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Posts Tagged ‘learning French in Québec’

I’d always wanted to write about this but felt it was too off-topic for OffQc. I’ve since changed my mind. Considering that there are in fact a good number of francophones who read OffQc, I think this blog is as good a place as any for it.

If you read comments online in news articles related to language in Montréal, you’ll often come across ones where the author says he won’t return to a certain business because he wasn’t served in French. The idea is that if you don’t speak French, you’ll be punished by no longer getting that francophone customer’s business.

Sure, I know it probably feels really good to punish people who don’t speak French by hitting them where it counts ($$$), but does this strategy work in getting people to become francophone?

I suspect it doesn’t work. I don’t have any evidence to offer other than common sense and an anecdote, so feel free to comment.

When I say common sense, what I mean is this: if all francophones decided to no longer return to a business where the employees are unable to speak French, then that business will have zero French-speaking clientele. In this case, where is the incentive to learn French? If no francophones come into the business, there’s no need for it.

On the contrary, imagine a scenario where 99% of customers to a business are francophone. That business has a very strong incentive to learn French and serve their customers in this language.

We might feel like we’re being proactive by punishing, but I feel this ultimately does nothing to promote French. It may seem counterintuitive, but what I feel we need to do to promote French in this situation is the complete opposite of refusing to frequent these businesses — go there, spend your money, and demonstrate that learning French is beneficial.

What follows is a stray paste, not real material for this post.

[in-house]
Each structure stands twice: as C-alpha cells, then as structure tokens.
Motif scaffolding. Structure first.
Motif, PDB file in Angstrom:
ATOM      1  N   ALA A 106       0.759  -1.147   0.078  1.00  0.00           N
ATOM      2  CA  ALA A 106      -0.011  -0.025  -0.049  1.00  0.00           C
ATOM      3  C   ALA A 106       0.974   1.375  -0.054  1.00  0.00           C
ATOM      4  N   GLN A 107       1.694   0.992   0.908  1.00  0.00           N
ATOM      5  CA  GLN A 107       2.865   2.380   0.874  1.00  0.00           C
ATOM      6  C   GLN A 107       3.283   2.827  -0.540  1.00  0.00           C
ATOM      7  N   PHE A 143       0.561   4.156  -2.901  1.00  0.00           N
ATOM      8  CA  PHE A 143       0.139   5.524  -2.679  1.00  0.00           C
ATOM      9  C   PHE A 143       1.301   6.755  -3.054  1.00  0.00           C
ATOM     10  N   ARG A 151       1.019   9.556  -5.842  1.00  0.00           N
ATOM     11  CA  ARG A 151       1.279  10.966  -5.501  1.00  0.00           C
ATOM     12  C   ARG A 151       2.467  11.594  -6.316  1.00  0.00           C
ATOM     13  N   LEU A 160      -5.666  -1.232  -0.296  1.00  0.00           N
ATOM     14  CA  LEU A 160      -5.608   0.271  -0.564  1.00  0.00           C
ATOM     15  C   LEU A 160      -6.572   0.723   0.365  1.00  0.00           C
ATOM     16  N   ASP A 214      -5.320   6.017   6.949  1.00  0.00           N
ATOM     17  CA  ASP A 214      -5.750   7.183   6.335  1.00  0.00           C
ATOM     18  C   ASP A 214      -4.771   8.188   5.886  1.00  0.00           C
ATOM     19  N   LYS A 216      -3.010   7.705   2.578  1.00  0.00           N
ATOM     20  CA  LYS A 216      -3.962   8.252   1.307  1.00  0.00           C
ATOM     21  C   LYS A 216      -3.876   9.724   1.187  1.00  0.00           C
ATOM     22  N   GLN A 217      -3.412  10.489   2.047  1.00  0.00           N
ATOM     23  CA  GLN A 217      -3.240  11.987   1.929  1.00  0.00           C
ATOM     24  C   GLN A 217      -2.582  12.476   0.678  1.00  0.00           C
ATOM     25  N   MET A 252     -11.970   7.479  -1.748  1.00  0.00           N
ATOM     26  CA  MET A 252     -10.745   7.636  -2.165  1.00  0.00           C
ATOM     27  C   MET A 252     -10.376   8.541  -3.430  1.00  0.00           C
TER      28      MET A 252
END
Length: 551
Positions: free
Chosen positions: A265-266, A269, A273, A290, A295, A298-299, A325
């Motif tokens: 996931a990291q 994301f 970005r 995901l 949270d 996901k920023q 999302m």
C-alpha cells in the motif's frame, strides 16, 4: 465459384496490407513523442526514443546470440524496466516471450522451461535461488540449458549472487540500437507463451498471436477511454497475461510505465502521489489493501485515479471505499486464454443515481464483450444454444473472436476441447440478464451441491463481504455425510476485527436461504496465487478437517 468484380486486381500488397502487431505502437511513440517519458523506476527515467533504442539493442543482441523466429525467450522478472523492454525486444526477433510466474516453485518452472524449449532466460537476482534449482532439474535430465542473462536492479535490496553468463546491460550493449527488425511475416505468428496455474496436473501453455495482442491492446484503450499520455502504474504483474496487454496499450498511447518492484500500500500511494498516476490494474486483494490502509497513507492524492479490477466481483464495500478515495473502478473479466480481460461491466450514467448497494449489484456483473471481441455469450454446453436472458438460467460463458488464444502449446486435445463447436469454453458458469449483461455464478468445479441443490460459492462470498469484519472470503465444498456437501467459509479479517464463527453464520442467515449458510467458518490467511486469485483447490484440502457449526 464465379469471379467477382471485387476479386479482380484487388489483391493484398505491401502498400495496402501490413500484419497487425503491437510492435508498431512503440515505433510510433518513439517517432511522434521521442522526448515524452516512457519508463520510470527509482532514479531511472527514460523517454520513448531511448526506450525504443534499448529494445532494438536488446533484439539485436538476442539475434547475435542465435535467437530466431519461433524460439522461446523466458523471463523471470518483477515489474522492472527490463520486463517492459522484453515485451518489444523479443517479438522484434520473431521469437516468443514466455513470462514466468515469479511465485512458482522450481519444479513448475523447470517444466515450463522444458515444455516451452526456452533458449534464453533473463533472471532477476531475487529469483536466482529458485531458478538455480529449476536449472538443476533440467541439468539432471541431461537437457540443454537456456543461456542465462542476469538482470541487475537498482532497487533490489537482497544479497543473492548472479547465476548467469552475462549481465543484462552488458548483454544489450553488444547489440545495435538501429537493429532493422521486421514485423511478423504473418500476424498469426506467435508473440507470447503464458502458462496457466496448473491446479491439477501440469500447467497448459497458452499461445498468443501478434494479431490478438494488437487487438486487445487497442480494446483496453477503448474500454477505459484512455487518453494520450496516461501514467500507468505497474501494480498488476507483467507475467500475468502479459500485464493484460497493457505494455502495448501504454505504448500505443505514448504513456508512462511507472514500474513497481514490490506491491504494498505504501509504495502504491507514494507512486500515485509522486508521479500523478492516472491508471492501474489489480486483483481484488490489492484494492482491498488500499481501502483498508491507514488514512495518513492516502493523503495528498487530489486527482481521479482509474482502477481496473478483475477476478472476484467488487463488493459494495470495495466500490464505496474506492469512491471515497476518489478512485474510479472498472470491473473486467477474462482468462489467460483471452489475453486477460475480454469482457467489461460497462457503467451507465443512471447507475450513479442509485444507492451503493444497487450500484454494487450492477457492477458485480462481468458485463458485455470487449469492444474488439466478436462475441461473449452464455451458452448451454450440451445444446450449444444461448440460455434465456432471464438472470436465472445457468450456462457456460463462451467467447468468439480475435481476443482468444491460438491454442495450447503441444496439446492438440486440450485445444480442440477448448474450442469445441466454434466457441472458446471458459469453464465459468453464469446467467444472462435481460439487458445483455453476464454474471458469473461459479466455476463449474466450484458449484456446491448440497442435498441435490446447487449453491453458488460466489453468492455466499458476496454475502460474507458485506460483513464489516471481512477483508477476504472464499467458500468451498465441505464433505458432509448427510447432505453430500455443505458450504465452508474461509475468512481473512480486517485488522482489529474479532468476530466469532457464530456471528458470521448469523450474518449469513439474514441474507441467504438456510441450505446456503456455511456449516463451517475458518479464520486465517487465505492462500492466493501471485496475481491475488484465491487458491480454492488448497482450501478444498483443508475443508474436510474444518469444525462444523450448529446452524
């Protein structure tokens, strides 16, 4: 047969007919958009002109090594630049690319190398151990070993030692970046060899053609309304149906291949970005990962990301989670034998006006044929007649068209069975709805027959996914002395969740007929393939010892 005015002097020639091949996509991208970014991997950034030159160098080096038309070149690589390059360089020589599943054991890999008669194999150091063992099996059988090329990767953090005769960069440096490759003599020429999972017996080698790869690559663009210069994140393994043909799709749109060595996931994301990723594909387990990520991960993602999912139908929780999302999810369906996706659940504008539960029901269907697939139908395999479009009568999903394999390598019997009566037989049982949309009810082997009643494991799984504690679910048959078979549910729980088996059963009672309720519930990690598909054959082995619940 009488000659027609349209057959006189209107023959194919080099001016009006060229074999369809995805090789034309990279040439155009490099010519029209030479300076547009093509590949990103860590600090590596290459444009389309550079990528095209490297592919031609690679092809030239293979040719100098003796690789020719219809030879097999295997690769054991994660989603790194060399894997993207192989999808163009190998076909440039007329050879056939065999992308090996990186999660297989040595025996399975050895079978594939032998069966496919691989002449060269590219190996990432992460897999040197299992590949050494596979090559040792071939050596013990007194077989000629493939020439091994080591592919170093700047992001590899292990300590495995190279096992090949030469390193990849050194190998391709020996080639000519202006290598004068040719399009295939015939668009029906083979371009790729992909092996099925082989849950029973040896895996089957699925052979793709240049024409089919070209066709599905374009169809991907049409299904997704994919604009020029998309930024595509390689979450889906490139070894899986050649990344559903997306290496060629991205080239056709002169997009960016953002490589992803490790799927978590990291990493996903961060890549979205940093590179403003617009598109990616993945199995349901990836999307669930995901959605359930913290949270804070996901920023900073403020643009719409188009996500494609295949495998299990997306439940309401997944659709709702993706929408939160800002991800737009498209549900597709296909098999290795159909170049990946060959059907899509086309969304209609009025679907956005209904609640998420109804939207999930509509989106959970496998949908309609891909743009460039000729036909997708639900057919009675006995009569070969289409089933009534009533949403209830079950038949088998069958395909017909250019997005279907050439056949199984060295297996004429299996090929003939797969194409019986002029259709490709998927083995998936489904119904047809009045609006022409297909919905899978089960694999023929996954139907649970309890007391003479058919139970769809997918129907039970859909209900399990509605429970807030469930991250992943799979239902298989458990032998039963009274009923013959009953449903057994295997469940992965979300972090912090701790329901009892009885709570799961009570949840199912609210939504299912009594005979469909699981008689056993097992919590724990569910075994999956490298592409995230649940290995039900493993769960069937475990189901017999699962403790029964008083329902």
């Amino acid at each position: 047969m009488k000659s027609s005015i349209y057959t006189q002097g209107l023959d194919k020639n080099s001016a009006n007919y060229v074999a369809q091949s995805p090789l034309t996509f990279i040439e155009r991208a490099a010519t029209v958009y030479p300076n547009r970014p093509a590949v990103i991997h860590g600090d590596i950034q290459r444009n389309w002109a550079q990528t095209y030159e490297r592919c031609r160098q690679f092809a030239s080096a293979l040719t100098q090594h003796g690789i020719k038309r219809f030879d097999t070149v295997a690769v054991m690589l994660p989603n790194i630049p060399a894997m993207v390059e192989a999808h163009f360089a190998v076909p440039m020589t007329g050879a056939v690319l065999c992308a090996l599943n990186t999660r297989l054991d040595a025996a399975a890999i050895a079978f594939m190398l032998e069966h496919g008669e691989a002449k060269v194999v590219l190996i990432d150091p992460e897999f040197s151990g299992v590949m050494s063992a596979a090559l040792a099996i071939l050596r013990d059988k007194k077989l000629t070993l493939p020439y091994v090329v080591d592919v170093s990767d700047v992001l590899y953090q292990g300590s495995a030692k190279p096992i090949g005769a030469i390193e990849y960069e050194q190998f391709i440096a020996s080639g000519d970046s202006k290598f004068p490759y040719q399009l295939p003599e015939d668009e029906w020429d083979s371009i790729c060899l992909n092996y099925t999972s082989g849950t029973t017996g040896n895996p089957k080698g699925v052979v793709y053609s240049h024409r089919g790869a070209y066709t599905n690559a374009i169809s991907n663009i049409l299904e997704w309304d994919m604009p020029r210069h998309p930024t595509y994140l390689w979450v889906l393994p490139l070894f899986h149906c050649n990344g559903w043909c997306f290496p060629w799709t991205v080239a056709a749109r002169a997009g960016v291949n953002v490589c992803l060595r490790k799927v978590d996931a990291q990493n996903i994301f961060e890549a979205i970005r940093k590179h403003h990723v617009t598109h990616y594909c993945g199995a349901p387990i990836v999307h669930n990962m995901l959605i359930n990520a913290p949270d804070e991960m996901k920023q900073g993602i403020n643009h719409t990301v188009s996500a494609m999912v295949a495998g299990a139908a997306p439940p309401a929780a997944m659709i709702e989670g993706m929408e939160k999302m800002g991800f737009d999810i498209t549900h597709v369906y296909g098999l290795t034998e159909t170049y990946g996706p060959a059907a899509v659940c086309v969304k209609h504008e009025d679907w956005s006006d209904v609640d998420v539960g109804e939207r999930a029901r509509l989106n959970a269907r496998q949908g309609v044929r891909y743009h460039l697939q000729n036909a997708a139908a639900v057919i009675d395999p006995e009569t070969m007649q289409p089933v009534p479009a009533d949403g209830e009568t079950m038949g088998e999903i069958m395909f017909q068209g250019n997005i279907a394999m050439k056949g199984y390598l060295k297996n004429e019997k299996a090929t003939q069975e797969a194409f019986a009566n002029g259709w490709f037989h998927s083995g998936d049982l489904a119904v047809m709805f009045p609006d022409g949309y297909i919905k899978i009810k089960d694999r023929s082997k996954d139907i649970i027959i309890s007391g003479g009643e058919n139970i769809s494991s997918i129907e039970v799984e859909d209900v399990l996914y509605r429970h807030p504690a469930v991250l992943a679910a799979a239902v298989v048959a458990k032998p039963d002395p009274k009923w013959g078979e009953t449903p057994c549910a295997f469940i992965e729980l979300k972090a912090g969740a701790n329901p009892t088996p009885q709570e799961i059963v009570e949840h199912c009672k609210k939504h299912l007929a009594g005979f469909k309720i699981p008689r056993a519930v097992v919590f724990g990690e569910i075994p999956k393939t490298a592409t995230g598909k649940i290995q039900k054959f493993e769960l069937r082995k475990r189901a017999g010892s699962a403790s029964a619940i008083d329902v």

And an anecdote:

I remember an employee in a fast-food Vietnamese restaurant in Montréal who was unable to serve customers in French. I will admit that my first reaction was “wow, what nerve.” But instead of storming off, I smiled and spoke very basic French to her. When she didn’t understand, I said it in English. I also said simple words like bonjour, merci and s’il vous plaît.

When I returned a few weeks later, I was surprised when she remembered me. She did her best to say whatever French words she could, and then said the rest in English.

I returned yet again a few months later. I don’t know if she remembered me at this point, but what amazed me was that she served me entirely in French. She stumbled a little when she said the price in French, but she had essentially learned to serve in French.

Yes, it takes patience to do this. It’s easier to punish and may even feel good too. But as a long-term strategy, I believe punishing is worthless. What if we were all just a little more patient, smiled just a little more often, and made newcomers feel just a little more welcome here?

What would have happened if francophones to that restaurant had always impatiently switched to English instead of using simple French? Worse, what would have happened if francophones had simply stopped going to that restaurant altogether?

I don’t know about you, but I have no desire whatsoever to communicate with angry, aggressive people. If I didn’t already speak their language, then I’d have no desire to learn it. It’s so much easier to draw people towards French when we’re patient, friendly and charismatic.

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